REVIEWS

/ ANDREW STEFAN WEINER
Kader Attia, Reason's Oxymorons, 2015.
by

Andrew Stefan Weiner

Despite their enigmatic, aloof character, most of the works in Kader Attia’s current exhibition at Lehmann Maupin are relatively easy to make sense of. Whether in their medium (neoconceptual sculpture), their mode of facture (readymade assemblage), or their topic (cultural hybridization), they exemplify what we now expect of “global contemporary... continue reading
View of Ai Weiwei's “Roots and Branches,” Lisson Gallery, New York, 2016.
by

Andrew Stefan Weiner

Whatever one might think of Ai Weiwei, he has made it impossible to simply not think about him. Ai’s will-to-notoriety has led to him to become all but ubiquitous, with much of this publicity deriving from his transformation into the world’s most prominent artist-activist. Critical reactions to this development have... continue reading
View of Simon Denny, “Blockchain Future States,” Petzel Gallery, New York, 2016.
by

Andrew Stefan Weiner

Few major exhibitions in recent memory have generated anything like the sort of intensely polarized response that greeted the recently concluded 9th Berlin Biennale, curated by the New York-based DIS, an increasingly notorious group of Gen X and Y “creatives” with close ties to the fashion and advertising industries. A... continue reading
John Akomfrah

LISSON GALLERY, New York

John Akomfrah, The Airport, 2016.
by

Andrew Stefan Weiner

It is lamentable and somewhat curious that John Akomfrah is just now receiving his first major exhibition in the US. Despite the critical acclaim Akomfrah has received in the UK and Europe, both for his recent solo output and his earlier work with the Black Audio Film Collective, he remains... continue reading
“David Hammons: Five Decades”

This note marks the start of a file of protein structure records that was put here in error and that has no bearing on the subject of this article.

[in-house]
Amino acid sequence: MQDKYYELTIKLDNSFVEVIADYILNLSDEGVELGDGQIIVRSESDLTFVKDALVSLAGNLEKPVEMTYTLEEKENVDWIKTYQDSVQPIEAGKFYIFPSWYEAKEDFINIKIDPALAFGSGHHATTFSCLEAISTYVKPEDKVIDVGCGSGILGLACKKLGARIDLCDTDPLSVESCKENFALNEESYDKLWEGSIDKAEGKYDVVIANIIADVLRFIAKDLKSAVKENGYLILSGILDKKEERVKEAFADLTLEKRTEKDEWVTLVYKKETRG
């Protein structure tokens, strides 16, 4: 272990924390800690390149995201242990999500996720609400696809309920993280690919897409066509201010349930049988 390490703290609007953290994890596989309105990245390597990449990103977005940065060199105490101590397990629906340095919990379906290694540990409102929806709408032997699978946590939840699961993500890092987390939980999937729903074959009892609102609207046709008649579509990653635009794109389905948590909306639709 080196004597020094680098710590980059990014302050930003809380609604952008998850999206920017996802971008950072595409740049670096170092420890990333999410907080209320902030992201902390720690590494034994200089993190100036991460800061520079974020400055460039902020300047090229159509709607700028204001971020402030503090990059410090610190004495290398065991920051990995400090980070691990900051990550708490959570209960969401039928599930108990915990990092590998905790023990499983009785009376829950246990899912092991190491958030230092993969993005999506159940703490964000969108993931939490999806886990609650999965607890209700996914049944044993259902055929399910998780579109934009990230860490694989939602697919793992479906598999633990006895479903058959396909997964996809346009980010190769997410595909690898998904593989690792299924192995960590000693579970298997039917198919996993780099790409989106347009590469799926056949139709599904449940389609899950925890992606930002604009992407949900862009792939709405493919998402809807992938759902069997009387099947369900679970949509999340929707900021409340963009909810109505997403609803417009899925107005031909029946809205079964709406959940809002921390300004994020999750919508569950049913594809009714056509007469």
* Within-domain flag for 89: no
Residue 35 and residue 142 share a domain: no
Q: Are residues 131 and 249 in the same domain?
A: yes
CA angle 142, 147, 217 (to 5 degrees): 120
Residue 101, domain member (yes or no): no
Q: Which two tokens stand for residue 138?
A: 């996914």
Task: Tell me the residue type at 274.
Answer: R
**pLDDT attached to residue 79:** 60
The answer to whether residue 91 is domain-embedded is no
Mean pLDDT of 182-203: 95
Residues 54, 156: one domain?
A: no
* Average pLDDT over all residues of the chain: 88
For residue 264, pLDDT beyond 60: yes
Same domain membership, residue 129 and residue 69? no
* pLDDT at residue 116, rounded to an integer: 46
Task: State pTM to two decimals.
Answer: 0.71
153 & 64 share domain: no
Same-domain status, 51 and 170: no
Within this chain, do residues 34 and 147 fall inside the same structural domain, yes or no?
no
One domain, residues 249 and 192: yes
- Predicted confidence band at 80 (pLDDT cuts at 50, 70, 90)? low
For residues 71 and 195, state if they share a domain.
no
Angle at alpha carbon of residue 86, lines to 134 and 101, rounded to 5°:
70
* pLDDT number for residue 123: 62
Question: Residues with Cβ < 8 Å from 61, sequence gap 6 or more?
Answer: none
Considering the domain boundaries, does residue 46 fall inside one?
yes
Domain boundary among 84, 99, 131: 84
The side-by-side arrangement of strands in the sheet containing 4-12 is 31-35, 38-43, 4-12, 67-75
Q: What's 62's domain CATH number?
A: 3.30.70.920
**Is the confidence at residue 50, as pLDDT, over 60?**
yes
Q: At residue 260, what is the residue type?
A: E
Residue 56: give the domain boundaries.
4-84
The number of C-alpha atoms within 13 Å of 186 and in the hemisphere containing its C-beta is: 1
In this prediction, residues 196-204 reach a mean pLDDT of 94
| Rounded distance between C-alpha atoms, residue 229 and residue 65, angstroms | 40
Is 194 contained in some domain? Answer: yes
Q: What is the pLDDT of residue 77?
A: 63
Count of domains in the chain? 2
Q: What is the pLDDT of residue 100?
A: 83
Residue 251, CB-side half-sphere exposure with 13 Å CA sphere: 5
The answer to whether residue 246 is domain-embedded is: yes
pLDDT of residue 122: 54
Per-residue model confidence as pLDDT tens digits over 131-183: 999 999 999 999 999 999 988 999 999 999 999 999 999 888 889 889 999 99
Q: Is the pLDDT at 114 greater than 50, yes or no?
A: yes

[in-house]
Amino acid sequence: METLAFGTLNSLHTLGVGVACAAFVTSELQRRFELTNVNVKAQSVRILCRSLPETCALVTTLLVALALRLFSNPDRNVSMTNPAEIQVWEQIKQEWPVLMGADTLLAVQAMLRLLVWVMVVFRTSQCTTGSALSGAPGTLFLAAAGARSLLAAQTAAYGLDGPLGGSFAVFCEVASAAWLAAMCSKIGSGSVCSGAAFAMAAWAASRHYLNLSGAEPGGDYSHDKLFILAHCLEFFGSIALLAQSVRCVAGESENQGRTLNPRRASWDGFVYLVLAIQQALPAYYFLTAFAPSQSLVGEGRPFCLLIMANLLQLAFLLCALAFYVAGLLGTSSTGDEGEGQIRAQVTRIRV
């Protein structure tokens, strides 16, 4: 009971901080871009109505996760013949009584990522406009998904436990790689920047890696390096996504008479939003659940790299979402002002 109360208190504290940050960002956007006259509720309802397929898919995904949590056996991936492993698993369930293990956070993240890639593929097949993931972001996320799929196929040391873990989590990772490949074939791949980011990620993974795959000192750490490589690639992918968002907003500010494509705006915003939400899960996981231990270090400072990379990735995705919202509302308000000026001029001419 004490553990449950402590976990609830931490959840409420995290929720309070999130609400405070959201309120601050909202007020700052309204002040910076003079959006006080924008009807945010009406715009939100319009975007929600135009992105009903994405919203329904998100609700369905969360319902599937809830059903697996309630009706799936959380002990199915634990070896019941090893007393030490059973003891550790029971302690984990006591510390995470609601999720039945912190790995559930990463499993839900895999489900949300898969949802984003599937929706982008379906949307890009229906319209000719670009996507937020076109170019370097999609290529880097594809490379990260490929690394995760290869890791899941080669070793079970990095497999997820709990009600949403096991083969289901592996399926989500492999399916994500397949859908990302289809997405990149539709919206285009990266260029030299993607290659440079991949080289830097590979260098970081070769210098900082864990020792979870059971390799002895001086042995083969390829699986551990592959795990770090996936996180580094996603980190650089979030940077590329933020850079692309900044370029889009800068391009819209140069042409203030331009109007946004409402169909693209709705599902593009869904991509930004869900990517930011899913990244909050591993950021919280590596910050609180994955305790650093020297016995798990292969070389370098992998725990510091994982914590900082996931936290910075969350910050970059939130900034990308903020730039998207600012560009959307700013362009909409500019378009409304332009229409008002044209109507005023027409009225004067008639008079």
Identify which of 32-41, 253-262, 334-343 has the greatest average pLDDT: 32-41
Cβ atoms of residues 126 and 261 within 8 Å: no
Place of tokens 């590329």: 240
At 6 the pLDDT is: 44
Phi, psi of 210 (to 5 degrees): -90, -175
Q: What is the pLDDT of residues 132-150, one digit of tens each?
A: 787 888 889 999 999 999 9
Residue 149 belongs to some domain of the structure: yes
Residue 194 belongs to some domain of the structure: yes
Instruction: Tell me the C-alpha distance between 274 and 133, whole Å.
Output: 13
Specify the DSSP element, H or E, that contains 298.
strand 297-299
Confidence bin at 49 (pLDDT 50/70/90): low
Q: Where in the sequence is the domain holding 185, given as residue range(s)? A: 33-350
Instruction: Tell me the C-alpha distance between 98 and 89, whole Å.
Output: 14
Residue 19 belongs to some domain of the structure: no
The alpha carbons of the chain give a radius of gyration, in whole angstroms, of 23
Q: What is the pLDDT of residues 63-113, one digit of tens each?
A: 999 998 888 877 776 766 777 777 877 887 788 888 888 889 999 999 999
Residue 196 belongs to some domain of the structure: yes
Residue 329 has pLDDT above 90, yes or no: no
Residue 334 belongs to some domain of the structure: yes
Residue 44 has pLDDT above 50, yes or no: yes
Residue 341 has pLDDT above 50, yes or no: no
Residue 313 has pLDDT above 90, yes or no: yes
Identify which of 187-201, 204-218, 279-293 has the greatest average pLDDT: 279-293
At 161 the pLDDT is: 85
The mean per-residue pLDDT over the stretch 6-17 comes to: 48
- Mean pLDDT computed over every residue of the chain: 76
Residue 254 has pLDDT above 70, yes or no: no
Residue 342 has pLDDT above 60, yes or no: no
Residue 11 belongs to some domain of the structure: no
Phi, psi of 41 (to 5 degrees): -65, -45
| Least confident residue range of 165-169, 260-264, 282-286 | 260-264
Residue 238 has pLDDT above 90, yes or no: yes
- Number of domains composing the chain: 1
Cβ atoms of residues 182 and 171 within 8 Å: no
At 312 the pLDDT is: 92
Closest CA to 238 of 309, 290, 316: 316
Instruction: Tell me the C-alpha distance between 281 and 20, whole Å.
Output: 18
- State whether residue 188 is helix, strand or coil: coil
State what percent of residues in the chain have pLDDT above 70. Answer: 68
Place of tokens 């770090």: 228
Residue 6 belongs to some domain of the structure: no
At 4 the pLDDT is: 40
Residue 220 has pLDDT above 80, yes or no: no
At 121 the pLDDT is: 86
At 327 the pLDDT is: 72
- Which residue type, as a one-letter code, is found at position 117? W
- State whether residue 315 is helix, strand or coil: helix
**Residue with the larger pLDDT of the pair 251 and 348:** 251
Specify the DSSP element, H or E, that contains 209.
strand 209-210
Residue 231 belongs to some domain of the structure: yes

MNUCHIN GALLERY, New York

View of “David Hammons: Five Decades,” Mnuchin Gallery, New York, 2016.
by

Andrew Stefan Weiner

Among the many brilliant and confounding works in David Hammons’s current retrospective is one entitled A Movable Object/A Japanese Garden (2012). The piece centers around a wheeled flatbed dolly, a perfectly banal machine bearing strange cargo: chunks of broken asphalt interspersed with unrecognizable articles of clothing and lengths of colorful... continue reading
“Greater New York”

MOMA PS1, New York

Park McArthur, Welcome to PS1, 2015.
by

Andrew Stefan Weiner

One of the biggest stories of the year in U.S. literary fiction was the publication of Garth Risk Hallberg’s debut novel City on Fire, for which the young author received a reported two-million-dollar advance––a startling number, even by the hyperinflationary standards of the contemporary art market. Such a bet seemed... continue reading

AUTHOR

view all

GALLERY

view all
Abc
Bq
Kow
M+B
Non
Vw

ARTIST

view all
Magazine Mousse
Spike
Michael Kon
Blum&Poe
Cardi Black Box
ArtAsiaPacific
The Third Line
The breeder
Vitamin creative space
Anton Kern Gallery
Friedrich Petzel
X-TRA
flashart